Barcelona is usually the track teams choose to bring their first big upgrades of the season to, so expect the pecking order to change at the race. Some teams often make big jumps in Spain, while others get left behind. Last year, Force India made a big jump in Barcelona, and McLaren could be the team to make a similar leap this year, with Eric Boullier recently revealing this is the first race the real 2018 McLaren will be ready for.
Mercedes have dominated qualifying in Spain in recent years. Vettel qualified second last year, becoming the first non-Mercedes driver to start from the front row at Circuit de Catalunya since 2012. Qualifying is more important at Spain than any other track on the calendar, with 24 of the 27 previous winners starting from the front row. Hamilton has a strong qualifying record in Barcelona, last missing out on a front row start in 2012, when he was fastest on Saturday only to be disqualified due to insufficient fuel, so he’ll look to be near the front again, while Vettel is still searching for his first pole at the track.
No driver has claimed back-to-back wins in Spain since Michael Schumacher secured a fourth-straight victory at the circuit in 2004, suggesting Hamilton won’t be winning again on Sunday. In the 13 races since then, there have been 10 different winners, with Hamilton’s win last year ending a run of 10 different winners in succession at the track. This year’s grid features five previous winners, but the in-form Bottas and Ricciardo are among those who could be first-time winners in Spain this weekend.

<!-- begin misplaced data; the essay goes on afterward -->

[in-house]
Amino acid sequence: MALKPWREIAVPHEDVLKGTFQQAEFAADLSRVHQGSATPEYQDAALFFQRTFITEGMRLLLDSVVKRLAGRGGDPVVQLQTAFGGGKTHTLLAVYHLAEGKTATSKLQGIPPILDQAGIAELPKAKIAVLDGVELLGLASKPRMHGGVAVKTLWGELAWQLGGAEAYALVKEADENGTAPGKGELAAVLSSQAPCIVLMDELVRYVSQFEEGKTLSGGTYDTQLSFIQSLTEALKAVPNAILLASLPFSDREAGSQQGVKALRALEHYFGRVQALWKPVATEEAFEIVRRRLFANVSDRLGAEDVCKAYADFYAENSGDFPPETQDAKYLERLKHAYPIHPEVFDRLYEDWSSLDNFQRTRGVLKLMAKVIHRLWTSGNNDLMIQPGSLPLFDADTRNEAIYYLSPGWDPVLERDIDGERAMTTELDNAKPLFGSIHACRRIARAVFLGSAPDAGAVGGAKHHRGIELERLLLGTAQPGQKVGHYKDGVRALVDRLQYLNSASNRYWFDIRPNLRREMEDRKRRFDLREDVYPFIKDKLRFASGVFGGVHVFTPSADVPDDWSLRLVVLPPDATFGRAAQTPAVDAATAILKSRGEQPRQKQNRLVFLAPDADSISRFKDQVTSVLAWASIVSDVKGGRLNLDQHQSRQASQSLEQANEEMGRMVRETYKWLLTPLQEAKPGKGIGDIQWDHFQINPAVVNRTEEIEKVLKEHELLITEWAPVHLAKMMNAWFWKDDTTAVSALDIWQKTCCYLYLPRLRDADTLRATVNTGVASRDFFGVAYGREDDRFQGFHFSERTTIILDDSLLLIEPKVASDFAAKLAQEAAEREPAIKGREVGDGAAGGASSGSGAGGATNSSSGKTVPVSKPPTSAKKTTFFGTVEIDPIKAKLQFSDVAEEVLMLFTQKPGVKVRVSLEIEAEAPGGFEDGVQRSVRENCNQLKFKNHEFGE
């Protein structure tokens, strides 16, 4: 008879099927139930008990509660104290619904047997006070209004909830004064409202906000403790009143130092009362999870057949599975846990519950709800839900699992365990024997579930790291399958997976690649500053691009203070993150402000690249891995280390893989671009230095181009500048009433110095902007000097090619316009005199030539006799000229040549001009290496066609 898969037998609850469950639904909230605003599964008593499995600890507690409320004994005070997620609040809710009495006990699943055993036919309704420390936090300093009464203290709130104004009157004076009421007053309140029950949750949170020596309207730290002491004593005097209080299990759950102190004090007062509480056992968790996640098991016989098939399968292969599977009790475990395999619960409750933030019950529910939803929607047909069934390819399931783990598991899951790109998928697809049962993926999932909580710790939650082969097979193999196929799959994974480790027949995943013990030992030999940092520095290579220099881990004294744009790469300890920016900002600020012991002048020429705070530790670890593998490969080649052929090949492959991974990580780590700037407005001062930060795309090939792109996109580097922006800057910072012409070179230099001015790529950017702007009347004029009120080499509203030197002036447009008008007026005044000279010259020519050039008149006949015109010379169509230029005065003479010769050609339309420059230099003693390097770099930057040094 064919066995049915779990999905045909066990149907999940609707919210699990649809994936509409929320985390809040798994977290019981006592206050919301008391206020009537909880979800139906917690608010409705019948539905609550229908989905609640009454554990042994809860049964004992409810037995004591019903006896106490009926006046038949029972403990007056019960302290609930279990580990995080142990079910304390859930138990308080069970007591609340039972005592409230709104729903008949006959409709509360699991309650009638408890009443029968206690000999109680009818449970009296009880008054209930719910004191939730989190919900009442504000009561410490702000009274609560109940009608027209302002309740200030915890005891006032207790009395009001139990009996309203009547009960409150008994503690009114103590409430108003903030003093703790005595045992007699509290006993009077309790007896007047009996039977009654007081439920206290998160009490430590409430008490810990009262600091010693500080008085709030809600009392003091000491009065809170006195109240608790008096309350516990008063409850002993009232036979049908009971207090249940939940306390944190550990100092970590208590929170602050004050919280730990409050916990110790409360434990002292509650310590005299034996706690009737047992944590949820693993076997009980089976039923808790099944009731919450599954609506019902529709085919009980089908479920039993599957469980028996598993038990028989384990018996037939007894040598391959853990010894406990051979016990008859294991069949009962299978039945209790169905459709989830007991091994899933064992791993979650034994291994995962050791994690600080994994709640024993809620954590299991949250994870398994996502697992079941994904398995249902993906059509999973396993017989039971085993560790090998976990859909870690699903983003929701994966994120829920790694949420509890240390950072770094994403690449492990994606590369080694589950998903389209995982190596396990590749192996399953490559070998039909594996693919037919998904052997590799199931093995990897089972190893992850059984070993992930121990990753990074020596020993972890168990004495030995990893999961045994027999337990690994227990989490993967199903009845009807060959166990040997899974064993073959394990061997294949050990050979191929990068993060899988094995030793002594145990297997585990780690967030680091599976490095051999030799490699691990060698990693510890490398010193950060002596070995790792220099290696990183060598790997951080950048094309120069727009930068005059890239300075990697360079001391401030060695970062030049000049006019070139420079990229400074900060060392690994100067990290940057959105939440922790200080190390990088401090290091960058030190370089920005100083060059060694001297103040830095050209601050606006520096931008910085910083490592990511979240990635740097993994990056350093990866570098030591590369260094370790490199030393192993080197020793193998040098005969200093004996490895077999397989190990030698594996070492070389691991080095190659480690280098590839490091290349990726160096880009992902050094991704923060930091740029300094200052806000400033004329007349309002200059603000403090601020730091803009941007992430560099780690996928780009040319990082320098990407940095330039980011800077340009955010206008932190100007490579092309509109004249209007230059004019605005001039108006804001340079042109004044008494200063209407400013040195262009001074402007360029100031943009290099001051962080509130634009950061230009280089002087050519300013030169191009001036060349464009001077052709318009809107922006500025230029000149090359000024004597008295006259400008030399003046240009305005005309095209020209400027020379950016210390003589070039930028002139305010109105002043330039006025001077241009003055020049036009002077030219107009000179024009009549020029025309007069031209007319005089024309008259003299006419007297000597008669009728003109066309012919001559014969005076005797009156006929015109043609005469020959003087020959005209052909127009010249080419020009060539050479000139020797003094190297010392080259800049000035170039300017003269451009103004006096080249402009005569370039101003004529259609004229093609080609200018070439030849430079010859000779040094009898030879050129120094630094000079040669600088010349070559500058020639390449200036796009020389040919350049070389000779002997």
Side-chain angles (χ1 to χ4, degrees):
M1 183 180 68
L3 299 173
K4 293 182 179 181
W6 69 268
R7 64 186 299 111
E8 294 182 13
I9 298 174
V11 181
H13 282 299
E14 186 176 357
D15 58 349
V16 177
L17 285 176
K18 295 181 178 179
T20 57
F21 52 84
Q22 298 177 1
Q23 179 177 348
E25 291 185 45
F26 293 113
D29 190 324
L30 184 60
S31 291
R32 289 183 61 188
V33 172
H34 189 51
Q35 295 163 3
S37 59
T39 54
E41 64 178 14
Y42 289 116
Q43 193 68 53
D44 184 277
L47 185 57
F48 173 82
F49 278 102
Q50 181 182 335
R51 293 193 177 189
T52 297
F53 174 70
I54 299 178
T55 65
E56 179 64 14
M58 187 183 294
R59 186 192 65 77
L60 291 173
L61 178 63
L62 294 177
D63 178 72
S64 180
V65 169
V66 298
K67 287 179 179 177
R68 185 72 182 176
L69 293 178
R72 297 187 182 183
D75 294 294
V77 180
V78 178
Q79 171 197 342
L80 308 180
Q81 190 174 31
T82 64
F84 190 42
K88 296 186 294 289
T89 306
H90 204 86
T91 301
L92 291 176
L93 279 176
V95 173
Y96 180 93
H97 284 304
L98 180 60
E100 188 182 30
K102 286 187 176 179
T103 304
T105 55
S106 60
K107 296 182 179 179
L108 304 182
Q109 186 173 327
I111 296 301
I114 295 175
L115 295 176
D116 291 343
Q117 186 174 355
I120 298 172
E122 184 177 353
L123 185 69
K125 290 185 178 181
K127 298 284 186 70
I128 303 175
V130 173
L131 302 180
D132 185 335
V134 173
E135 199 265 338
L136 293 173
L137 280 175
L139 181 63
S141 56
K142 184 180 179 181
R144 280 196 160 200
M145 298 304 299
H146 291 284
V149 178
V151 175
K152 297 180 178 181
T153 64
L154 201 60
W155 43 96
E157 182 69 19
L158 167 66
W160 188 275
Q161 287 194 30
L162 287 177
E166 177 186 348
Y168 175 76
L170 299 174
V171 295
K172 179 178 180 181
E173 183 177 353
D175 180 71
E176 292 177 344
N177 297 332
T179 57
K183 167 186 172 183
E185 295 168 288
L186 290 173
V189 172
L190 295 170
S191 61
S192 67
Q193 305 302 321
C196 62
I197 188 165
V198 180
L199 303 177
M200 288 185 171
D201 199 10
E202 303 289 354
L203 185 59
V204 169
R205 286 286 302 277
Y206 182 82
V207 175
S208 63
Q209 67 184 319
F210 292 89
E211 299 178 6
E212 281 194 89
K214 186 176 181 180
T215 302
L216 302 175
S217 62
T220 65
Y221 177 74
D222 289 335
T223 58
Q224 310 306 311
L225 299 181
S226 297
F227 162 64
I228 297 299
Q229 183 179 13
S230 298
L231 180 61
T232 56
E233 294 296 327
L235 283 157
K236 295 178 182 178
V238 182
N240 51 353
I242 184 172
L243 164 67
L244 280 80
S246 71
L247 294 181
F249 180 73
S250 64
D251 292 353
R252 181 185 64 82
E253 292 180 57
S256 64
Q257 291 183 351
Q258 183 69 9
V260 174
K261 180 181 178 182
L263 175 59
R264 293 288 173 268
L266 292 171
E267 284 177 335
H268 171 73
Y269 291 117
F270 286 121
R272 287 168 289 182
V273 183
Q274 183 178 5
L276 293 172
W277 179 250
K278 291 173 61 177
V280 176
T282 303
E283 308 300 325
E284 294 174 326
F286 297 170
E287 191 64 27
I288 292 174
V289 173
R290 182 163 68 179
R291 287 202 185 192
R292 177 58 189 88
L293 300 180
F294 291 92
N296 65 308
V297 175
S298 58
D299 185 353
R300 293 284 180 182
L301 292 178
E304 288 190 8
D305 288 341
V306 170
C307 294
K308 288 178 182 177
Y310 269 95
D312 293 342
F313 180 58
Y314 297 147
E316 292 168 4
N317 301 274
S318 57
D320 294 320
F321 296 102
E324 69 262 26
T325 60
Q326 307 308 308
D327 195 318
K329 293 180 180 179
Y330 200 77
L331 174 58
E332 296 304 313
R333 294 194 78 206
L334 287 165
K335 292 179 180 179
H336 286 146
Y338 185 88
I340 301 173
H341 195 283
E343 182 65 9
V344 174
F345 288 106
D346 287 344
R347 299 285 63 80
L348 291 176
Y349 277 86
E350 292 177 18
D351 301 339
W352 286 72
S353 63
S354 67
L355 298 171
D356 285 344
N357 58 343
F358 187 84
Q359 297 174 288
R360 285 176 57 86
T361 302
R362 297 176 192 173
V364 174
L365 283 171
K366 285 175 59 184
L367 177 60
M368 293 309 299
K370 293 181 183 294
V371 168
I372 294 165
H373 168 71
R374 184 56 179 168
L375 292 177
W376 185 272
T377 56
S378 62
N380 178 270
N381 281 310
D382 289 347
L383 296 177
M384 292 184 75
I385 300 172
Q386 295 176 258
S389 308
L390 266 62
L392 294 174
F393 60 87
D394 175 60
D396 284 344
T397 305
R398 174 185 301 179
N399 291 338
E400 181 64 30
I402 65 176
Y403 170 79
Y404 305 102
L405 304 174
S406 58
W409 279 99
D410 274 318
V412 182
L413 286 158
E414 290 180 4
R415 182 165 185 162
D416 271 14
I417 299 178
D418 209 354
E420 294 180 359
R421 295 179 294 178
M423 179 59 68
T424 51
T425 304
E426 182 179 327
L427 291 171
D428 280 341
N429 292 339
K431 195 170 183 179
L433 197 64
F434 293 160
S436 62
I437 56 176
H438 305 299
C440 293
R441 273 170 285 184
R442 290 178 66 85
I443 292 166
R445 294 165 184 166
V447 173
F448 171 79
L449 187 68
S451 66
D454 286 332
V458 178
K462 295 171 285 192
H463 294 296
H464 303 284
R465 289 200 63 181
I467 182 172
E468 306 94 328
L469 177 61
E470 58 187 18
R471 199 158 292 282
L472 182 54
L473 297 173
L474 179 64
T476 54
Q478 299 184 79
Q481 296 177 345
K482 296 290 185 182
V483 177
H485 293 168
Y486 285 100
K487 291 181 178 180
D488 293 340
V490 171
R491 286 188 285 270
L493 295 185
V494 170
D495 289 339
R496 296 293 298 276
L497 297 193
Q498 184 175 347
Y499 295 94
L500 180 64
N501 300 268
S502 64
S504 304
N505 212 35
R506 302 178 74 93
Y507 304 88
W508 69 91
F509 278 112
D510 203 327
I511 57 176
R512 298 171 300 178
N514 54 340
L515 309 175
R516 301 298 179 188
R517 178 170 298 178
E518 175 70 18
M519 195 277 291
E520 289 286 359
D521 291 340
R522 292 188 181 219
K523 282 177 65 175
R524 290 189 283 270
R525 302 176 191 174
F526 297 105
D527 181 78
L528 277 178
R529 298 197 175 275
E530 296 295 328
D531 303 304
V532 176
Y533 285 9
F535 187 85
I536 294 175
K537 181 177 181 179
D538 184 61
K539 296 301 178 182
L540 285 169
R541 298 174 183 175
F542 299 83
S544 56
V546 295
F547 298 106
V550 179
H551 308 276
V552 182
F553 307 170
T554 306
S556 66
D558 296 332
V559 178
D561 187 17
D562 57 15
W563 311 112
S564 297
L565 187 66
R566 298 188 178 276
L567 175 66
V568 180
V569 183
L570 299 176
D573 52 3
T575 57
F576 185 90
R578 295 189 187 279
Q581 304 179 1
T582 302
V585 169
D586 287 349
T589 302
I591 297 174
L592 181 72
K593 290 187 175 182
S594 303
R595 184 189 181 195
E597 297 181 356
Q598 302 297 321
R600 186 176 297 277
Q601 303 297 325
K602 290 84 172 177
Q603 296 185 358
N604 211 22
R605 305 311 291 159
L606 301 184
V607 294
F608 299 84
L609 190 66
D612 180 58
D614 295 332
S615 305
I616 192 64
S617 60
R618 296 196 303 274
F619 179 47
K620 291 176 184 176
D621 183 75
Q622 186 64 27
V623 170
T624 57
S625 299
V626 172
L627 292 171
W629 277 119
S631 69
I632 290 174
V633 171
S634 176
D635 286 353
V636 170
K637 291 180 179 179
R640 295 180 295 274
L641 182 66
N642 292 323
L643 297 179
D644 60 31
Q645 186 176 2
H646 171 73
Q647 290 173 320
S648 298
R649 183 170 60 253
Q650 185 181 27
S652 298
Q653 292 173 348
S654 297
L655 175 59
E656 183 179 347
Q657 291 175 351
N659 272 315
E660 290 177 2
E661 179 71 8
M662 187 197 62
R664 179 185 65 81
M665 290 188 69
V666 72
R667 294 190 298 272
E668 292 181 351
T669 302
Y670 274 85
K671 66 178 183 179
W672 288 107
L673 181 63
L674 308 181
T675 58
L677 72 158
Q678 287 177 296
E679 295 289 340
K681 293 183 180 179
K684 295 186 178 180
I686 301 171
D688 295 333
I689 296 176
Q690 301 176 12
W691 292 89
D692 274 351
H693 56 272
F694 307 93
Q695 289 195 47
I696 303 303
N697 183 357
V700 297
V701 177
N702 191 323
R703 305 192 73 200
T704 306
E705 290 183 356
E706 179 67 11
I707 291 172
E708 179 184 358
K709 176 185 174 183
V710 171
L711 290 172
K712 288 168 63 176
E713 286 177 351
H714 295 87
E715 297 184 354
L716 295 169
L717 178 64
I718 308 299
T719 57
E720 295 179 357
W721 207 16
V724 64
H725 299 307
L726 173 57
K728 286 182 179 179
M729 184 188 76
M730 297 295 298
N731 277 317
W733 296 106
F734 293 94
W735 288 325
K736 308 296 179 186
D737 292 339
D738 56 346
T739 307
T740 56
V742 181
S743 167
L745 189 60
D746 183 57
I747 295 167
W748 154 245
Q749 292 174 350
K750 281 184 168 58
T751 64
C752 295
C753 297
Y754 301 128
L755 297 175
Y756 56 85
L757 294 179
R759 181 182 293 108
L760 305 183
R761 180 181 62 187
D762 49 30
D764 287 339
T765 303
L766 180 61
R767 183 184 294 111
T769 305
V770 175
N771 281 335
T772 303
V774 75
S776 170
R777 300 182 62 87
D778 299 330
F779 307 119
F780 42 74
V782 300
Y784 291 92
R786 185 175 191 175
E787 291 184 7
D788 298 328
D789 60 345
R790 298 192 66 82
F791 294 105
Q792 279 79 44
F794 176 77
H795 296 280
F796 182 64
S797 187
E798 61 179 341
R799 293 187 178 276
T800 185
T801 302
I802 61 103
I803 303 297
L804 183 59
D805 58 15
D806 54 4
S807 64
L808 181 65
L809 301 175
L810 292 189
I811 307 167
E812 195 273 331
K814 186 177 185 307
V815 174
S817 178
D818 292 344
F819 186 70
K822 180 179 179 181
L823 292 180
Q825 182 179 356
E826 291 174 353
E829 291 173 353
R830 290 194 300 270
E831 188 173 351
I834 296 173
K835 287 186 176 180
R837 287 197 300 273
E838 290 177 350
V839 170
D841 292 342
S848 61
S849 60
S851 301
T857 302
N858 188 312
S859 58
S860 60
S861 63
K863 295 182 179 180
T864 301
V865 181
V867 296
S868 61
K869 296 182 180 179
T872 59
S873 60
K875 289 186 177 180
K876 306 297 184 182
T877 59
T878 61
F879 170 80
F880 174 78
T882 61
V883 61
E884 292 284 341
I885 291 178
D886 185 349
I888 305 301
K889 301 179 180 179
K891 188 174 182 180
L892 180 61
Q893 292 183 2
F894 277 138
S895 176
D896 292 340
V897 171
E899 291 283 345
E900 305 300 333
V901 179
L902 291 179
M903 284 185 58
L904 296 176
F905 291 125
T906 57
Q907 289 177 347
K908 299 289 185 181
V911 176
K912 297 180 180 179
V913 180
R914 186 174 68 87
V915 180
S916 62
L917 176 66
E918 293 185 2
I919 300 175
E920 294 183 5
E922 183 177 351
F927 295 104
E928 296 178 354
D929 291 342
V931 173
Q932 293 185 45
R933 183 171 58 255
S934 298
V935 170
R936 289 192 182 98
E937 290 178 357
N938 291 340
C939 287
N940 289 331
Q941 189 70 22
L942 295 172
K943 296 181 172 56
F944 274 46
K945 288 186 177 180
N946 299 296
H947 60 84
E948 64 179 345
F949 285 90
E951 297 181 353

Williams saw an upturn in form last time out, with Lance Stroll securing their first points of the season in Baku after both cars made it through to Q2 for the first time this year. Sergey Sirotkin is starting on the back foot due to a grid penalty following his collision with Alonso, but the team will be hoping to go well at a track that has been good for them in recent years. Last year was the first time since 2013 that the team failed to score points in Spain, and the circuit is also the site of their last victory courtesy of Pastor Maldonado in 2012.
This is one of the races that tends to be more physically demanding of the drivers due to the high speed corners. While resurfacing may have made the track smoother for this year, and therefore slightly less brutal to drive on, it’s still likely to be a grueling race. Last year, Hamilton claimed he lost 4.5lb due to sweating behind the wheel.
Don’t forget to listen to this week’s podcast to hear what the team have to say ahead of the race and see who we’re predicting to be on the podium. We’ll have live blogs during qualifying and the race, and let us know what you think through Twitter and Facebook.
Why not make your own predictions for the race? You can sign up to the newly-launched official Formula 1 fantasy game with PlayON here.